It’s that magical time of year again, when Santa takes requests at the local mall, true characters are exposed at company holiday parties and fantasy owners lament the injuries and draft-day miscues that cost them a shot at postseason glory.
I hate to be the bearer of bad news, but…Santa’s a bit over-extended on his credit cards, some people simply shouldn’t drink in public, and bad drafting wasn’t your problem.
Indeed, a quick scan over the rosters of most playoff teams reveals the indisputable truth about successful fantasy play: The real work begins after the draft.
Don’t believe me?
Tell me how confident you’d feel facing this lineup next weekend: Michael Vick, Peyton Hillis, LeGarrette Blount, Brandon Lloyd, Steve Johnson, Sidney Rice, Marcedes Lewis, Dan Carpenter and the Seahawks defense.
I manage three formidable, playoff-bound teams, with a few of these players sprinkled on each; but I’m not sure any of my rosters could take down that gang. Of course, the common denominator is that virtually every one of these fantasy sensations went undrafted in the vast majority of leagues.
That’s not all. You could easily contend for a title with a plethora of other waiver-wire wonders, such as Kyle Orton, Sam Bradford, Mike Tolbert, Chris Ivory, BenJarvus Green-Ellis, Marshawn Lynch, Tashard Choice, Jacob Tamme, Sebastian Janikowski and the Titans defense.
To be sure, none of the above is infallible. Orton, Bradford, Tolbert and Johnson each had lousy days at the office yesterday. But so did Peyton Manning, Philip Rivers and Chris Johnson. It happens.
So enough with the excuses, already. Frank Gore’s season-ending injury wouldn’t have been so devastating if you’d picked up Hillis after the season opener, would it? Stop poking holes in your Ryan Mathews voodoo doll, and blame yourself for not jumping on Tolbert when you had the chance. Heck, I don’t feel nearly as bad about taking Miles Austin in the second round, or Matt Schaub in the third, now that Johnson and Vick are in the fold.
We’d all love to set our starting lineups in Week 1 and never make anything but the occasional bye-week adjustments on our way to a 13-0 regular-season record and a first-round bye. But I haven’t seen that happen yet in my two-plus decades as a player. And I don’t think I ever will.
Just something to ponder for those of you whose fantasy season has come to an abrupt, and premature, end. There’s always next season.
FREE AGENT PICKS AND PANS
To win a fantasy championship, you need to start with a good draft. But filling in your roster throughout the season with the right free agents can also make a big difference. Here’s a look at a few players worth considering, and others who would look better in someone else’s line-up.
Catch ‘em while you can
James Starks, RB, Packers. The rookie bruiser was given the bulk of the backfield workload on Sunday, and he responded with 18 carries for 73 yards. Brandon Jackson saw four meaningless carries, and was relegated mostly to pass-catching duties. Starks is a big back whose talents will likely be utilized even more as the weather deteriorates up North. He could prove to be a genuine late-season gem.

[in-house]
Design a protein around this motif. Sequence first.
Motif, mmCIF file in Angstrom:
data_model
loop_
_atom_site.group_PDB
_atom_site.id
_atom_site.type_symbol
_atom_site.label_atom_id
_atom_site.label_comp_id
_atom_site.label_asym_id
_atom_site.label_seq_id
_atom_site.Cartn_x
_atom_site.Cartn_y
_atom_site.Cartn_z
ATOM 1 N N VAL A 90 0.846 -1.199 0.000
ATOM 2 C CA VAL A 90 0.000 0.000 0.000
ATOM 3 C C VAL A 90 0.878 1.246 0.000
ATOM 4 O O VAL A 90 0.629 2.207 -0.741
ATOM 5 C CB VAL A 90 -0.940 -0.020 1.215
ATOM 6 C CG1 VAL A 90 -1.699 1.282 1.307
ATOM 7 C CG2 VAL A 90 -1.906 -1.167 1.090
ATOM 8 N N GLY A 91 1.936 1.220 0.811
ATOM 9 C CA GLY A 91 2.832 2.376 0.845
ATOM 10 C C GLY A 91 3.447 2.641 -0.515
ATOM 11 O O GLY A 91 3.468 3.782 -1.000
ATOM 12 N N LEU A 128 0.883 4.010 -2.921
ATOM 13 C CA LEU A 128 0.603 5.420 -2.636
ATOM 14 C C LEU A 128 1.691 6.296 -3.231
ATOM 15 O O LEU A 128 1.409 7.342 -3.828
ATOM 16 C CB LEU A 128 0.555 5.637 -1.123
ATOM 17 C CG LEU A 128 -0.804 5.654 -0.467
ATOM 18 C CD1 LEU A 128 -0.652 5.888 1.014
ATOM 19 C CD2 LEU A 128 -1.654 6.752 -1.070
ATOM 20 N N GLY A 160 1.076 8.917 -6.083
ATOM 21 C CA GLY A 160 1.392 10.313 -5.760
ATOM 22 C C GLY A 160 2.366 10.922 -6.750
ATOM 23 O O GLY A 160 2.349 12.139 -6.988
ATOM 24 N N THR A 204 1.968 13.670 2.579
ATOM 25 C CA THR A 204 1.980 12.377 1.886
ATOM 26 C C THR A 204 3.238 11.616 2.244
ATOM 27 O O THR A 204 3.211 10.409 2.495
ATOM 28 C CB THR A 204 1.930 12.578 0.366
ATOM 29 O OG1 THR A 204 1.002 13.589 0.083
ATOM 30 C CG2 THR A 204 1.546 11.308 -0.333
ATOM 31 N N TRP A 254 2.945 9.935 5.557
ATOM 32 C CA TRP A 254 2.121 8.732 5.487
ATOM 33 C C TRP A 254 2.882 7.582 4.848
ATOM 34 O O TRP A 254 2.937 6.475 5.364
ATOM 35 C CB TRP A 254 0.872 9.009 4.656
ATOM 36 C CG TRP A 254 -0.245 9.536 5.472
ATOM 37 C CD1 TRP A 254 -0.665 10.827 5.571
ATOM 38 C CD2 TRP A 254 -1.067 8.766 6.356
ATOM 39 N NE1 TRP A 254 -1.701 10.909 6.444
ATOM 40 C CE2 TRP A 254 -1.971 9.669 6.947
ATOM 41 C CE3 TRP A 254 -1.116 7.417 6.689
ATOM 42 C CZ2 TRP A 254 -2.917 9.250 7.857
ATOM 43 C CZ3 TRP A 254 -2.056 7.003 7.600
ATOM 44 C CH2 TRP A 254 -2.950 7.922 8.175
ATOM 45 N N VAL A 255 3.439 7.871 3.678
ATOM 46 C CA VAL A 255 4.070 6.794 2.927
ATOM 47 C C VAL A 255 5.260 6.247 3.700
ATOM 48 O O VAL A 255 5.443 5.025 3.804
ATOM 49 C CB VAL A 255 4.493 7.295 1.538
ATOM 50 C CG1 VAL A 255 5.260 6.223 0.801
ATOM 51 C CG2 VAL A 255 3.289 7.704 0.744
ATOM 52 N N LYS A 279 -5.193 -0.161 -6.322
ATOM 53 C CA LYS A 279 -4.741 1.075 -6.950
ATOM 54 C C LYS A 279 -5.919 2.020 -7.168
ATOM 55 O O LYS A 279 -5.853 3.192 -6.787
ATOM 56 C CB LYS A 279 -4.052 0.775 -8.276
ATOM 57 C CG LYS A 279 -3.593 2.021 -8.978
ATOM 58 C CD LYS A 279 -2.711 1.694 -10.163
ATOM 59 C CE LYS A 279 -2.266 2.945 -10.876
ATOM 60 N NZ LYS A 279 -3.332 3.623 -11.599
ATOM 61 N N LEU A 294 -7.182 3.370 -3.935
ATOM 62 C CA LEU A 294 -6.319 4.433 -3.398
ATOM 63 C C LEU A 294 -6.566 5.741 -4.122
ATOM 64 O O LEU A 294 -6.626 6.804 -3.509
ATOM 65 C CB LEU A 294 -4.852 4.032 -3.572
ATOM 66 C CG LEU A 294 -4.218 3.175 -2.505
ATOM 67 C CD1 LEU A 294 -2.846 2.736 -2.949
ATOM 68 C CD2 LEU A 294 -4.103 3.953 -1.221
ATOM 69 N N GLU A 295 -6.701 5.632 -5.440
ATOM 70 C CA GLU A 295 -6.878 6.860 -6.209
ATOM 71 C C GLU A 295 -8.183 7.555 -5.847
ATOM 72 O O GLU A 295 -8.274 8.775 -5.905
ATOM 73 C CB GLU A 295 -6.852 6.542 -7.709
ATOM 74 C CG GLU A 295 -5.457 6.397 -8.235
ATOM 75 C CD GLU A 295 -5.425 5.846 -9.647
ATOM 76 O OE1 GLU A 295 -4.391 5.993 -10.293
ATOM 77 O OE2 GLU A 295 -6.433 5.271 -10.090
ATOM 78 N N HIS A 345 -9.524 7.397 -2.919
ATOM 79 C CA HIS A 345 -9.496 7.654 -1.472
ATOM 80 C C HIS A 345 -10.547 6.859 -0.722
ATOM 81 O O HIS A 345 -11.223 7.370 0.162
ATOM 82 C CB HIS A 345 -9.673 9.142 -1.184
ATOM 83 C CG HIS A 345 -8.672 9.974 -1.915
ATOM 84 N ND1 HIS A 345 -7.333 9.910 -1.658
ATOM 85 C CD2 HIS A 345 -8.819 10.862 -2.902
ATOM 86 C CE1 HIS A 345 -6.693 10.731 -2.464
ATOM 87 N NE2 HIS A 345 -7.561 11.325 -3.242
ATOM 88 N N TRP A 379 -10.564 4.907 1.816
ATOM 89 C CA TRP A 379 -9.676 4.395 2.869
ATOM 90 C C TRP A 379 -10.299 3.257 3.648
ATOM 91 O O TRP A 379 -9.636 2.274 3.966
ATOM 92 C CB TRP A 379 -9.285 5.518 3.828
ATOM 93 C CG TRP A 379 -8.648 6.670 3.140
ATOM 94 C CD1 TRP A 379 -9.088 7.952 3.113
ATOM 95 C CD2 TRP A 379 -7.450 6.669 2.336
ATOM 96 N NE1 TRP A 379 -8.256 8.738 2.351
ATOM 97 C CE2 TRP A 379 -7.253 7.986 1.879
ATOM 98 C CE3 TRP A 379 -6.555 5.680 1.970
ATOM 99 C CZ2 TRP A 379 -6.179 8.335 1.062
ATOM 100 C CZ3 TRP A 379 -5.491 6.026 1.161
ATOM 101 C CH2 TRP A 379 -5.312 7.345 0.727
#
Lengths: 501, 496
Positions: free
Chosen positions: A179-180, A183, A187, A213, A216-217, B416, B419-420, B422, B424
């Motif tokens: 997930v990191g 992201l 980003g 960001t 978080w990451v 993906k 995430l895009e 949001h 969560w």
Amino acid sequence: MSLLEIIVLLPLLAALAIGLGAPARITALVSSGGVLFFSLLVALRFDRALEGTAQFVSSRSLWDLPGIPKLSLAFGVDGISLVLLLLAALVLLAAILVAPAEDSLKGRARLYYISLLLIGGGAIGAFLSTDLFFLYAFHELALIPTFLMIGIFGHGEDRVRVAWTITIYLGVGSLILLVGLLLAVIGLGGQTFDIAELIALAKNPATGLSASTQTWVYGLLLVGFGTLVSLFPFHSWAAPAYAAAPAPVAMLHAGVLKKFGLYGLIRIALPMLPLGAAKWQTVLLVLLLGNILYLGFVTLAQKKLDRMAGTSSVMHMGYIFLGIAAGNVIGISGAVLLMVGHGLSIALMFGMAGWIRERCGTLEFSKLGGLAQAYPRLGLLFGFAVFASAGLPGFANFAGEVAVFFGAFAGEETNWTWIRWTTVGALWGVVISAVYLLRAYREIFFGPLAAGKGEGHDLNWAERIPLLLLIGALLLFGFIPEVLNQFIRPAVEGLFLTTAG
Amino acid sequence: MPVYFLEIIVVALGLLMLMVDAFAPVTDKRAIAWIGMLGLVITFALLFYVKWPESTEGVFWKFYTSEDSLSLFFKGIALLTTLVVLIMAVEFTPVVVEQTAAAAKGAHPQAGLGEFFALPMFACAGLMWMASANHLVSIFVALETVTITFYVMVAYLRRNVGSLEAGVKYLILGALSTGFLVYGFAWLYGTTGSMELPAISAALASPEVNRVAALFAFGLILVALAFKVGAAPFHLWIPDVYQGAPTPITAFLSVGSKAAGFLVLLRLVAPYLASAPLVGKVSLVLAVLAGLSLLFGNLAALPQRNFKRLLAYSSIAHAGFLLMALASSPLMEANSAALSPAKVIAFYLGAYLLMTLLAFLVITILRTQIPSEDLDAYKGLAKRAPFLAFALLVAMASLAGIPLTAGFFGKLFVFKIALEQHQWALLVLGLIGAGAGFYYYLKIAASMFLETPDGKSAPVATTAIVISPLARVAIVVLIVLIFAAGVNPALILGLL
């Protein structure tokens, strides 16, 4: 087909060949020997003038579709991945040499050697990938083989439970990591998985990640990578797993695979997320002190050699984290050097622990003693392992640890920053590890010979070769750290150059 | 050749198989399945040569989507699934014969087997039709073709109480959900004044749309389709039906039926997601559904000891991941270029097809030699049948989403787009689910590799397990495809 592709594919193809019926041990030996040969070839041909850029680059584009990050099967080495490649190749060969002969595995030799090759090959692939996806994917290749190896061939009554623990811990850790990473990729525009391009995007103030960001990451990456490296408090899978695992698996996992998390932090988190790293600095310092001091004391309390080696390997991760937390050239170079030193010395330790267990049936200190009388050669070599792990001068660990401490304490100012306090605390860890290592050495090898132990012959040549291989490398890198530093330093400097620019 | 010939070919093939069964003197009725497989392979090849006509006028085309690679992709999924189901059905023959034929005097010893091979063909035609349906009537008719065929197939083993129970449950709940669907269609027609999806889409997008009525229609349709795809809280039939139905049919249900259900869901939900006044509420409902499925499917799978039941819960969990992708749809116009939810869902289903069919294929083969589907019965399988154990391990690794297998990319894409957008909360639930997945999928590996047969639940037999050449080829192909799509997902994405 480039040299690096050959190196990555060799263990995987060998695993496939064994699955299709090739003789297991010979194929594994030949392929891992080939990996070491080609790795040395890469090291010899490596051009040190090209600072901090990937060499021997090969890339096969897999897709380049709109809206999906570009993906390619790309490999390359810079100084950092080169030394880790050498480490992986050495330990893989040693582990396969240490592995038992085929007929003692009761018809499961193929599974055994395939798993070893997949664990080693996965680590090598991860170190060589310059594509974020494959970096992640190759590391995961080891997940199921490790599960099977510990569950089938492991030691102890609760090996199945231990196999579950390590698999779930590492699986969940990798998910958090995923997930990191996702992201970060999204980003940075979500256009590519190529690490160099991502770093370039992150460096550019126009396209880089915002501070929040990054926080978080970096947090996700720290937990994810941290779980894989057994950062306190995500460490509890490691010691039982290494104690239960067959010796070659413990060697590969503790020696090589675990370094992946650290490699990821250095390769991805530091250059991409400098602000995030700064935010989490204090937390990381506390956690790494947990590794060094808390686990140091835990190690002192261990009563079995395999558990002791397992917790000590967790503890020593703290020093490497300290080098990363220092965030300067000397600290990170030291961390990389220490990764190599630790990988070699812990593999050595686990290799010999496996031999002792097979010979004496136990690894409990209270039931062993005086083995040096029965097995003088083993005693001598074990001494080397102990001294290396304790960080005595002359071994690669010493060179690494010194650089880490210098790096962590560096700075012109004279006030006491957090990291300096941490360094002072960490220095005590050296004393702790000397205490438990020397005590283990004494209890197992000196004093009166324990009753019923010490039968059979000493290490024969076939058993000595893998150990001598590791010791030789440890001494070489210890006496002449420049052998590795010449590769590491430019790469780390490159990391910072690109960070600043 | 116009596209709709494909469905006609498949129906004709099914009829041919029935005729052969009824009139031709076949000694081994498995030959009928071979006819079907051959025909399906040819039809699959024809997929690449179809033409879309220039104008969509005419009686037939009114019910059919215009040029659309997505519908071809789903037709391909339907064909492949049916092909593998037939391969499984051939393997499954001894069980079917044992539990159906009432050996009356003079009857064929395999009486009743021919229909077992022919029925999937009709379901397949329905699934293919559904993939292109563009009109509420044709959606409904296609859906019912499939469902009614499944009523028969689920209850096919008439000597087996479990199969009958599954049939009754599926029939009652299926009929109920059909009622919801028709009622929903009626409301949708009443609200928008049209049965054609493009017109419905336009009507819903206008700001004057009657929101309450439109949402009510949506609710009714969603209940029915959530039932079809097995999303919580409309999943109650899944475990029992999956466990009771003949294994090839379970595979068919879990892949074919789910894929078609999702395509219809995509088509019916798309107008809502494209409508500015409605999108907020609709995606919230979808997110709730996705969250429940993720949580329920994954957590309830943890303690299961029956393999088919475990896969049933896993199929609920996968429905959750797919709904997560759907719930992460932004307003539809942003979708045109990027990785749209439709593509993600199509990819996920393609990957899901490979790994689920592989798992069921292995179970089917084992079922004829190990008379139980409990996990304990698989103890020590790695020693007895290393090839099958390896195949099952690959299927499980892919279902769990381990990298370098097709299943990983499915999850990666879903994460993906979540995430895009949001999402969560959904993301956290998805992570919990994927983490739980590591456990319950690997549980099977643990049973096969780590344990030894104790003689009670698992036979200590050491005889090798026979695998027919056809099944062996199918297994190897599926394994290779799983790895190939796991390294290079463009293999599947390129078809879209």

Tashard Choice, RB, Cowboys. I urged you to grab him last week, but that advice went unheeded by many. In fact, Choice is still available in the vast majority of fantasy leagues. After Sunday’s 100-yard, one-touchdown performance, perhaps the doubters will be convinced that Choice is the best back in Dallas. Jerry Jones and Jason Garrett, in particular.
Roy Williams, WR, Cowboys. No, I’m not drinking the silver and blue Kool-Aid. But with Dez Bryant done for the season with a fractured ankle, Williams gets a new lease on his fantasy life. The Cowboys’ upcoming schedule offers favorable matchups with the Redskins and Cardinals, but Williams remains little more than a desperation play. Miles Austin and Jason Witten are more likely to capitalize on Bryant’s absence.
Don’t be fooled
Tarvaris Jackson, QB, Vikings. He looked sharp against the Bills in relief of the injured Brett Favre. Alas, the ageless one isn’t necessarily going to miss his first start since the Vietnam War with a sprained shoulder; and even if he does, the Giants won’t be as accommodating as the Bills were. At the postseason looms, I hope you’re not counting on either Minnesota passer.
Mike Williams, WR, Seahawks. A foot injury will cost the Seahawks’ leading receiver at least one game, and probably more. Though his renaissance is one of the most compelling stories of the NFL season, he’s not so valuable that you should keep him on your bench “just in case.” Feel free to make room for other potential contributors. Amazingly, Sidney Rice is a free agent in nearly half of all leagues.
Todd Heap, TE, Ravens. He won’t be available to help you in Week 14, and most likely not beyond that, either, thanks to a hamstring injury he incurred against the Steelers. You’ll need to go waiver-wire shopping if Heap’s your tight end.